Today I’ve been looking into a new outfit, that’s just gone online – this “two piece dress” or top and skirt set by Melbourne designer Noeleen King.
Noeleen was born in Ireland about 1933 and first learnt her trade under fashion designer Sybill Connolly. After migrating to Australia in the mid ’50s, she worked as a salegirl for five years before setting up her own label in Flinders Lane making “street dresses” with a small workroom and three machinists.
The following year she started making evening and cocktail wear, which sold better. True success came to her after five years, in 1965. With her Vidal Sassoon Eton crop hairstyle and lashings of mascara, her style was very young and hip. She was compared to Norma Tullo in importance for the era.
Noeleen and models, Australian Women’s Weekly 1965.
Noeleen’s label primarily produced clothes she wanted to wear herself, and was described as “Medieval Mod”. Her customers were mostly teenagers and women in their early 20s – the largest size she stocked was SSW (Small, small woman, roughly equivalent to a modern size 8!). You can see the medieval influence in the outfit above, and sure enough, the size is “XXSSW” – equivalent to a modern 4 but don’t worry, we replaced the elastic in the tiny waist (it had deteriorated) now making it a size 8. It’s a very unusual style, with it’s double puffed, Renaissance style sleeves.
Jean Shrimpton in Noeleen King, Australian Women’s Weekly 1966.
Mary Quant was a friend and fan of Noeleen’s designs, and authorised Noeleen to produce her designs in Australia, under licence. The Vintage Fashion Guild have a copy of the Mary Quant/Noeleen King label if you’d like to see it.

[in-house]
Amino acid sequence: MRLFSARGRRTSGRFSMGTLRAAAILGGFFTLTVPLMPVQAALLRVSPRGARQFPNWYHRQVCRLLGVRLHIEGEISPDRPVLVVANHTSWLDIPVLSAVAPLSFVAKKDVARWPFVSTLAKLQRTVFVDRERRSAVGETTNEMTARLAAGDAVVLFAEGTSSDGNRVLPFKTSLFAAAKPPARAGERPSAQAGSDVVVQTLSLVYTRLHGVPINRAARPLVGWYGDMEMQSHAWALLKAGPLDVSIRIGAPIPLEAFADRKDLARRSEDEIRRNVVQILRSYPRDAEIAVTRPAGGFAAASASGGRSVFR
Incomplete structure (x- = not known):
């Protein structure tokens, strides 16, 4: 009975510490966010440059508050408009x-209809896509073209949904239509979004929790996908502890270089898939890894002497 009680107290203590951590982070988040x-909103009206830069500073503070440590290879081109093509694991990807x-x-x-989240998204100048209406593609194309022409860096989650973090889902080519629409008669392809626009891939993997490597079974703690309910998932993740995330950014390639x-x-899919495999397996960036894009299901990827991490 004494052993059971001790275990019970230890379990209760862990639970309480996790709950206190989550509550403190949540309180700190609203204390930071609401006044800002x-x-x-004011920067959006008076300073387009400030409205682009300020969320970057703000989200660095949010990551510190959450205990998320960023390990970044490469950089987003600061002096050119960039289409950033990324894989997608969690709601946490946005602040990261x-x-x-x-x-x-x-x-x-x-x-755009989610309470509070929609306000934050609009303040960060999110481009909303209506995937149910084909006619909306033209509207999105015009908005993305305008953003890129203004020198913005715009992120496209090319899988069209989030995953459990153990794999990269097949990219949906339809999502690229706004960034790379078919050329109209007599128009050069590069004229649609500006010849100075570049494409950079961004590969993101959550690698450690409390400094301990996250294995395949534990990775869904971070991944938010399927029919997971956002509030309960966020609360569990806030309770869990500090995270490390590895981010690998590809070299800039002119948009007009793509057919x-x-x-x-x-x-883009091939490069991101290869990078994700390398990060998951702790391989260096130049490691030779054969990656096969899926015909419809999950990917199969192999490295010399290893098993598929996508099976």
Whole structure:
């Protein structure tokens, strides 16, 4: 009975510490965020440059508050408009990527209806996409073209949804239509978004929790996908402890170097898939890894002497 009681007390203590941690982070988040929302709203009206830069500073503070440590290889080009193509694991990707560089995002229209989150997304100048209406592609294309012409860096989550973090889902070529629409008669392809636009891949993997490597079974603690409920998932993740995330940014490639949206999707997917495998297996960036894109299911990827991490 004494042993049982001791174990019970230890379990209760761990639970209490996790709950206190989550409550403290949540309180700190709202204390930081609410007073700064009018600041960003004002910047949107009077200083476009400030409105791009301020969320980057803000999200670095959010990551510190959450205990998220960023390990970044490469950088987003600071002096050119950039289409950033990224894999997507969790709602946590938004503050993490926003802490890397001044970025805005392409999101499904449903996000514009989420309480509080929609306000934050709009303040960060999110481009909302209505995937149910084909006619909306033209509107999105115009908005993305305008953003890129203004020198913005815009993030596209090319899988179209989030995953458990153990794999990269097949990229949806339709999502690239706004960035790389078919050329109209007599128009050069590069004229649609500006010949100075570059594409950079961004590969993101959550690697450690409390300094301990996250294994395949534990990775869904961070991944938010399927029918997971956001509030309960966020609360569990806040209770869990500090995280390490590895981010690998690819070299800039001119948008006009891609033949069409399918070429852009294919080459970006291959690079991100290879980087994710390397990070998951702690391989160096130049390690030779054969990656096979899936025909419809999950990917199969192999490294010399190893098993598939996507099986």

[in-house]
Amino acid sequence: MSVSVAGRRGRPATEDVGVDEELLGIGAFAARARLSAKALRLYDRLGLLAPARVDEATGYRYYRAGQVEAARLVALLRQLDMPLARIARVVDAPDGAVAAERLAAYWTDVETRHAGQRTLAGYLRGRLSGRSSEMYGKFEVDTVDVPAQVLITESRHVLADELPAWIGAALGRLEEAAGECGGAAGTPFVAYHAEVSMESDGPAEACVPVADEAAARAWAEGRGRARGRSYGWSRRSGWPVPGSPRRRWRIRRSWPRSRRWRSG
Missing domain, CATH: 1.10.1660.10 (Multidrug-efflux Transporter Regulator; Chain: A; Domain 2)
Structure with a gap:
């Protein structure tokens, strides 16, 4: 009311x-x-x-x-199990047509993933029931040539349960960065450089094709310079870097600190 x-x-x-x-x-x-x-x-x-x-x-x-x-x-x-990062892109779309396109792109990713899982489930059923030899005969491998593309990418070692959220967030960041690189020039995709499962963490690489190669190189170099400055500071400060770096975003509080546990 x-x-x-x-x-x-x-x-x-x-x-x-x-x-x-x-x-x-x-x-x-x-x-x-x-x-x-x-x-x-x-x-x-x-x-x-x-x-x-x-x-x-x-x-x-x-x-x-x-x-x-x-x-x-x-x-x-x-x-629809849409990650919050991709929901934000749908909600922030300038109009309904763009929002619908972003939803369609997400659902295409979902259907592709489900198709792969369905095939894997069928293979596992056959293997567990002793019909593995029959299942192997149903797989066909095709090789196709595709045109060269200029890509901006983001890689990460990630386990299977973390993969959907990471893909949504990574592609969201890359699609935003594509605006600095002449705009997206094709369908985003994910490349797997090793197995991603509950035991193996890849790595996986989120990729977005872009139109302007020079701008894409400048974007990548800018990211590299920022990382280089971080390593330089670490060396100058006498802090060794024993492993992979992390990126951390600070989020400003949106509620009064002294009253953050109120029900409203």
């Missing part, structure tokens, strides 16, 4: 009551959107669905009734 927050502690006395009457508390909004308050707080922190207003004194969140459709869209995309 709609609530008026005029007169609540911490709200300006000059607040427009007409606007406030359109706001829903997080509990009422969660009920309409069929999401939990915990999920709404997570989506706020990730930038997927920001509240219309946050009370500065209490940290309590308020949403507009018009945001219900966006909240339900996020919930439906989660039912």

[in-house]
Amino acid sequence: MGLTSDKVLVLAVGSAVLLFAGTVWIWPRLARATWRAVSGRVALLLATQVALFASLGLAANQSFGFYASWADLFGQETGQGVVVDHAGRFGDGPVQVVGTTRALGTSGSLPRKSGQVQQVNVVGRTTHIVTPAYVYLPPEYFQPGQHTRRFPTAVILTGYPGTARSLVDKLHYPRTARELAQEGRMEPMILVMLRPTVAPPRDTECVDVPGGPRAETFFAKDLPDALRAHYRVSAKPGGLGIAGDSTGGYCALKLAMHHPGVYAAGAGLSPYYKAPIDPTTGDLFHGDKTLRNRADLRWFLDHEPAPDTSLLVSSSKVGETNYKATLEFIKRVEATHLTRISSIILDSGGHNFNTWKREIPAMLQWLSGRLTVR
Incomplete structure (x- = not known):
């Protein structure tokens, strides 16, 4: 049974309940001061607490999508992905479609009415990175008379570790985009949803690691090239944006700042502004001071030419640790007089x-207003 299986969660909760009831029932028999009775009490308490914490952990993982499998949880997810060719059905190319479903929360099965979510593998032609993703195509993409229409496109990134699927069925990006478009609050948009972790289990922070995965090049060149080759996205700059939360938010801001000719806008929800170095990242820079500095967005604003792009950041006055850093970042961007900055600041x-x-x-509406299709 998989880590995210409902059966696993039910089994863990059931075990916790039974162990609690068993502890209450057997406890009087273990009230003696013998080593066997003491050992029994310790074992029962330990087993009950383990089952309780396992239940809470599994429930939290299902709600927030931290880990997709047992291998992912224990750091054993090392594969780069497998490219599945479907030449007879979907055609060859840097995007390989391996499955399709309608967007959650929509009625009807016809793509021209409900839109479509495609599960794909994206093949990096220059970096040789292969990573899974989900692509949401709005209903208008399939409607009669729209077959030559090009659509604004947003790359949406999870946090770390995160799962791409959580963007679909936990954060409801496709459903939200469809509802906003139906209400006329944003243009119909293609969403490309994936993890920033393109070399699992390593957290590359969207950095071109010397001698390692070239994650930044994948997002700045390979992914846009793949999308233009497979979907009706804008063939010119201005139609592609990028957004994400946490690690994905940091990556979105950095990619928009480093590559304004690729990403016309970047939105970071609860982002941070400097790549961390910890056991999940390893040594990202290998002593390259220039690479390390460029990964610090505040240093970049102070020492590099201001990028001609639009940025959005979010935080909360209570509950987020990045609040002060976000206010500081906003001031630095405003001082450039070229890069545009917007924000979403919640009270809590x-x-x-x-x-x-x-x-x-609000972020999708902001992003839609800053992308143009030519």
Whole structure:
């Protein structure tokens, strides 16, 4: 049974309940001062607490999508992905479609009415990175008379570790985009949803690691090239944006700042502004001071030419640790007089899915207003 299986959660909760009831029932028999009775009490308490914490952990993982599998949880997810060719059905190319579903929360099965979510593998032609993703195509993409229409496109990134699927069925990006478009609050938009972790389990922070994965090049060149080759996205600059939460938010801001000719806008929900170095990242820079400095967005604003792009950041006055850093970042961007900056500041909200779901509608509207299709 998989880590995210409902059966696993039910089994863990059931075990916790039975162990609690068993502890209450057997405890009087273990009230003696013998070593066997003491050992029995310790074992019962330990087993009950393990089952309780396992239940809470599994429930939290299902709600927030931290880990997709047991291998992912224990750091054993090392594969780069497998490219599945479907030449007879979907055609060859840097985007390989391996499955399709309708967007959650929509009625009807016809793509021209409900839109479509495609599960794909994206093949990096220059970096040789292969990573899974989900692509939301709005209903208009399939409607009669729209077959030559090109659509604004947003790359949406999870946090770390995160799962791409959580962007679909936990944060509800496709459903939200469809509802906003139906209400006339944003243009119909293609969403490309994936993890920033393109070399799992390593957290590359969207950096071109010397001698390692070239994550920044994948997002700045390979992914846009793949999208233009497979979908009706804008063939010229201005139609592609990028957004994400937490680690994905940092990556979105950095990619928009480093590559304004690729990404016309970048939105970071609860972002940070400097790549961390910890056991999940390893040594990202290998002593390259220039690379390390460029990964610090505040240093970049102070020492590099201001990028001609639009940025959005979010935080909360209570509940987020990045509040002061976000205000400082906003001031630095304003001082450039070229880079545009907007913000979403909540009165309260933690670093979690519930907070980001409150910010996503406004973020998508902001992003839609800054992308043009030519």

Noeleen’s skirts came in three lengths: day (just above the knee), cafe (mid calf) and evening (touching the instep) – another way of saying “mini, midi and maxi”. The one above must be “evening length”. The long maxi skirt with a wide ruffle to the hem is quite fashion forward – this style was influenced by the ’40s fashions and became very popular in the mid ’70s.
Nicole de la Marge in printed cotton dress with tiered collar by Noeleen King, photo by Norman Eales, May 1965 Photo source here.
In 1965 Noeleen was shipping her designs to the US and the UK from her factory of 80 machinists in the basement of 45 Flinders Lane and warehouse at 23 Lincoln Square South, Carlton. She lived in a South Yarra maisonette with her husband Ron (also her production manager).
The Australian Women’s Weekly 1965
The Australian Women’s Weekly 1969
Noeleen King label from the late 1960s.
Noeleen’s old factory in Flinders Lane is now a theatre and earlier this year a production was staged there about Noeleen’s life and label! I’m not sure when the label ceased, but I suspect it was the late ’70s – certainly, I can’t find any references to the company or fashions after then.
Thank you, Noeleen, I’ll be looking out for more of your beautiful fashions from the ’60s and ’70s.
Rob recently sent in this pic of a Noeleen King dress – lovely detailing:
Photo copyright Rob Anderson. Thanks Rob, great frock.
April has also written in with an update: she writes ‘ I did work for her company in Flinders Lane approx. 1979. After reading your blog on the company, you seem to have lost another part of her business label. This label was “Ketch”, it started around 1978 and I think she had a partnership with a Jewish guy working with her and Ken called Peter Strover.’
Thanks April, great info. I remember a Perth shop called ‘Ketch’ in the Piccadilly Arcade in the late ’70s-early ’80s. I wonder if they were connected? Seems like quite a coincidence. My memory says that the Perth Ketch sold UK imports and turned into iconic streetwear shop ‘Orphans’, which sold UK sub-culture clothes, accessories, make up and stuff. They made great ’60s style stovepipes that I had in several colours. More research needed, I think.